The front doors were large and made of green metal, he pushed on one but it was firmly locked. He stepped back, and kicked hard below the handle. The sound echoed throughout the building but the door wouldn’t budge. He could hear the squeak of rats gathering in the darkness, disturbed by the commotion, and began to panic. He kicked the door again and again and it vibrated and groaned under the force, the metal latch straining. There was a loud snapping noise and the door suddenly broke free, swinging outwards swiftly and crashing forcefully into the wall behind it. Taras rushed out the opening and slammed the door hard before running out into the street and looking around frantically for anyone else who may have heard him.

There she was, several blocks up the road, walking along the pavement away from him, her dress billowing with every step, the colour of a clear sky, her long hair swaying gently across her back; she seemed confident and unafraid. He began to run again, trying desperately to catch up before she vanished.

He had run for several minutes before he was close to her. His heart was pounding and his muscles ached from carrying his heavy pack. She was walking past a dark alley and he had almost caught up to her when she stopped and turned around, staring straight at him. He had to stop quickly to avoid running into her, and now he stared in amazement.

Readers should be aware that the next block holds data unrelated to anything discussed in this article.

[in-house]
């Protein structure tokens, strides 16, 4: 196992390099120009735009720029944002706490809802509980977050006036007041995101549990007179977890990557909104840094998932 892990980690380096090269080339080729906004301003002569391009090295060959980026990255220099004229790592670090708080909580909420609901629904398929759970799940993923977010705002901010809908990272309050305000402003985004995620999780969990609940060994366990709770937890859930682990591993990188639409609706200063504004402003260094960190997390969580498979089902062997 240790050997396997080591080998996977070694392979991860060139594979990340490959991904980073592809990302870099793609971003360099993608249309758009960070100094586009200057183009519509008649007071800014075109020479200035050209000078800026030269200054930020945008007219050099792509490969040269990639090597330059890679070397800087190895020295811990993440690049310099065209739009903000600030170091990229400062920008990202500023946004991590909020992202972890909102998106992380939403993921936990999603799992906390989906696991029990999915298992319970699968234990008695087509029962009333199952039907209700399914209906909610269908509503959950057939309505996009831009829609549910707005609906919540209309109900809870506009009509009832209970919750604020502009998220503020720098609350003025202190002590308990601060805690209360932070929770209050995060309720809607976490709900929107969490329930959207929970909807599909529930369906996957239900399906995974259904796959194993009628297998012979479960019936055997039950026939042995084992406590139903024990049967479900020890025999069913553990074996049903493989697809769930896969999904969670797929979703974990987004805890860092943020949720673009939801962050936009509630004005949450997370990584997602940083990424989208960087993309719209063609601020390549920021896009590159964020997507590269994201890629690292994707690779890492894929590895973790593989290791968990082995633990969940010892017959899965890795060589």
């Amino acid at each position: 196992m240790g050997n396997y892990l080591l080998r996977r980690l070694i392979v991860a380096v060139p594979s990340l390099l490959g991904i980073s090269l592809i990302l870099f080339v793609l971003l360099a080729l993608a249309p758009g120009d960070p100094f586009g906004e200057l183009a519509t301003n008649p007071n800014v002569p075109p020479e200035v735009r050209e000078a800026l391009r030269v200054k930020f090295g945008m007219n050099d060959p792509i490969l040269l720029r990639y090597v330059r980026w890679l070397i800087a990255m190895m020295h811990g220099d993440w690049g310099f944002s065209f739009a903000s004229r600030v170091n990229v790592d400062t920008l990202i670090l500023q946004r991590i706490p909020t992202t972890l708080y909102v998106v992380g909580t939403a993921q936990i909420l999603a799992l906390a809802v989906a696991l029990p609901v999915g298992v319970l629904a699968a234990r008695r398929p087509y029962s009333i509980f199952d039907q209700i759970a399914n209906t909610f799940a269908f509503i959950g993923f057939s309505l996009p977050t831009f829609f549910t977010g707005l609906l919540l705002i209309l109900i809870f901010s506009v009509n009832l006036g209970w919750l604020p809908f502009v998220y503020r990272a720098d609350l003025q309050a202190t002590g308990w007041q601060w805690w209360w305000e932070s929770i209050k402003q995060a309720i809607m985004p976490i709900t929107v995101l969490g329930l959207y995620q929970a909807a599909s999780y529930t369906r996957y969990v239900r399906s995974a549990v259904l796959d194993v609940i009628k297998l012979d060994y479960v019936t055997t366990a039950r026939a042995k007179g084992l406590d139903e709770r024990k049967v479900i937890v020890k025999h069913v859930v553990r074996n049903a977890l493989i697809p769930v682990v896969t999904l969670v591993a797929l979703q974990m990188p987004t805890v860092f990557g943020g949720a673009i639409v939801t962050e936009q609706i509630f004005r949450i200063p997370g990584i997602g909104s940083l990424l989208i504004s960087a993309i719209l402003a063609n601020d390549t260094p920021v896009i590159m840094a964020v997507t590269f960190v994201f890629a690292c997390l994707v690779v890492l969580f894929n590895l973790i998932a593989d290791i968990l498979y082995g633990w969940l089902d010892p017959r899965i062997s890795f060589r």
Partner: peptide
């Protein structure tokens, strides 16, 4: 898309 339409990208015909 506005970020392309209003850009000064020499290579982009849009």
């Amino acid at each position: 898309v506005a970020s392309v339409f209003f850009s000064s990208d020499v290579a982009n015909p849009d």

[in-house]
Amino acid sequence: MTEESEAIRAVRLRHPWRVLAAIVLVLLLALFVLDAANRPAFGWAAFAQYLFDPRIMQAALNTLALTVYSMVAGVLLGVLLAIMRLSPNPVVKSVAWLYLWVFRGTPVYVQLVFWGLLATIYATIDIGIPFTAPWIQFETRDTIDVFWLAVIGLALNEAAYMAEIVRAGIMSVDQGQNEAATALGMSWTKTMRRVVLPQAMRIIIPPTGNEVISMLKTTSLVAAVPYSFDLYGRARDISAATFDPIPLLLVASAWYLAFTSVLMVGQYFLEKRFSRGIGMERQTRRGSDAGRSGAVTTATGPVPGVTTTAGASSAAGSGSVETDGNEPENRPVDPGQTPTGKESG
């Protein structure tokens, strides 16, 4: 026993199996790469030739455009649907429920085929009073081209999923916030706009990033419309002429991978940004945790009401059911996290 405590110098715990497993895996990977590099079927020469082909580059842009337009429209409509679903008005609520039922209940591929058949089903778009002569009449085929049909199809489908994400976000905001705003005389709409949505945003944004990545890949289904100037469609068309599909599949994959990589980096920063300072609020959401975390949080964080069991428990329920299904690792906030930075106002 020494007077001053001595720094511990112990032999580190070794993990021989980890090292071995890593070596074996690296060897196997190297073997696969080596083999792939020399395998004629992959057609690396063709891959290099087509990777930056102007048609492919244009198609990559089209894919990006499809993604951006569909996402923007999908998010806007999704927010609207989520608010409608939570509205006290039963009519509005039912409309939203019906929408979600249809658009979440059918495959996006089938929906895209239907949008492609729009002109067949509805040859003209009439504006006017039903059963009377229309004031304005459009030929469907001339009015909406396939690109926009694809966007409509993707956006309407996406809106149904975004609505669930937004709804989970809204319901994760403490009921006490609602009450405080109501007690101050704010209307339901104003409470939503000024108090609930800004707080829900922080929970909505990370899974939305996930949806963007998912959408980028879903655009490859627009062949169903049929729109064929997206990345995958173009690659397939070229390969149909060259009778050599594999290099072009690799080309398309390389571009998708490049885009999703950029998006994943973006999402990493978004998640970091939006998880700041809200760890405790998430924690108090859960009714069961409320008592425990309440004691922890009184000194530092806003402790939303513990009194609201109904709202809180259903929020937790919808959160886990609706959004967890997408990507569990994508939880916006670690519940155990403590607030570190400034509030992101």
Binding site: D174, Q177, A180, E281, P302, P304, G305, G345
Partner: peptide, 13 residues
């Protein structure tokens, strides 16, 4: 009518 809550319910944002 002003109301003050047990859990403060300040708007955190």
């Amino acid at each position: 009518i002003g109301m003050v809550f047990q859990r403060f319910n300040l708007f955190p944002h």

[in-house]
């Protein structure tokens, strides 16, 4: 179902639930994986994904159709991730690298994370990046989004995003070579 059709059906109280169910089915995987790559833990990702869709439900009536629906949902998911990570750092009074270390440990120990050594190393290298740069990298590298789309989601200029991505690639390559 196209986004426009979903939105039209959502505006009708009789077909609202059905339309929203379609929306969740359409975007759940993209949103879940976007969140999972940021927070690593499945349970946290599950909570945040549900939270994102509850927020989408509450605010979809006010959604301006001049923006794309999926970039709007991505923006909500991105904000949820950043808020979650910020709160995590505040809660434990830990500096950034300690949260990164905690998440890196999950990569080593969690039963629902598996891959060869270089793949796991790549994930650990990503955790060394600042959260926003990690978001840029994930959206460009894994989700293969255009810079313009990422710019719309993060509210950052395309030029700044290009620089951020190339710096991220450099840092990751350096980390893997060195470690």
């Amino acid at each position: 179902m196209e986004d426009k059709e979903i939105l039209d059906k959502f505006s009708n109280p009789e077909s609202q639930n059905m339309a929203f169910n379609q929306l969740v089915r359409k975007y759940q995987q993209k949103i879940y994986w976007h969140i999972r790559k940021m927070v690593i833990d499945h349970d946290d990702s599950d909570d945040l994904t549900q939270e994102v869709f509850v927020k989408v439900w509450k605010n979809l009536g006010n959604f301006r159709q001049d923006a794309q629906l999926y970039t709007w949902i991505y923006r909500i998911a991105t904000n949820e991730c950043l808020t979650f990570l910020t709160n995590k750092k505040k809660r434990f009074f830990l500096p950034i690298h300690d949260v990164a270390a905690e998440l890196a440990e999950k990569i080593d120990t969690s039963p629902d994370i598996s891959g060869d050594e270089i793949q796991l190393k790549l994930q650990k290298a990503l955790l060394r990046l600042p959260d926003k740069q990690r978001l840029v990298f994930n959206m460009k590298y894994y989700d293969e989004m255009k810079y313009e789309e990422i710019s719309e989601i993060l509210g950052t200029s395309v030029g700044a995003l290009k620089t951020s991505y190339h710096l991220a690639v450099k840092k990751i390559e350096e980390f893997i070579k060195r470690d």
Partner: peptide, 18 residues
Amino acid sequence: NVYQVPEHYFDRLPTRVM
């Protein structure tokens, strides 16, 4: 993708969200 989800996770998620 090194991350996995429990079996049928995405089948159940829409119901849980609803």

Her beauty was no less than he had remembered, with her delicate features and flawless pale skin. He pushed his hood back and scanned her face, the face that for years he had been longing to see again. A lump came to his throat. She was here. He searched her deep blue eyes for a sign of recognition, but there was nothing; her face was blank and emotionless. He shifted slightly, but her eyes didn’t follow him, she was looking through him, she couldn’t see him at all. His heart sank.

He stood there, staring at her, trying to comprehend. He reached out to touch her face; his hand quivering with fear or excitement, or maybe just the cold. He moved it slowly towards her cheek but paused, his mind racing. ‘What if she wasn’t real? What if it was a trap?’ Her sudden movement interrupted his thoughts as she looked straight up at the sky, a single tear rolling down her cheek. Then another, and another. It had begun to rain. She looked down again at whatever she had been staring at, her eyelids twitching, protecting from the drops hitting her face. She turned and ran into the alley, and disappeared. He stood there shaking, in shock from the encounter. The cold rain seeped into his tangled hair and ran down into his clothes, but he barely noticed.

He wandered the streets for several hours, dazed, until the sky grew dark and another night enveloped the land. He dragged himself into the nearest building, climbing up several floors before settling on a clear patch of floor. Laying on his pack, he slowly fell into an uneasy sleep.

* * *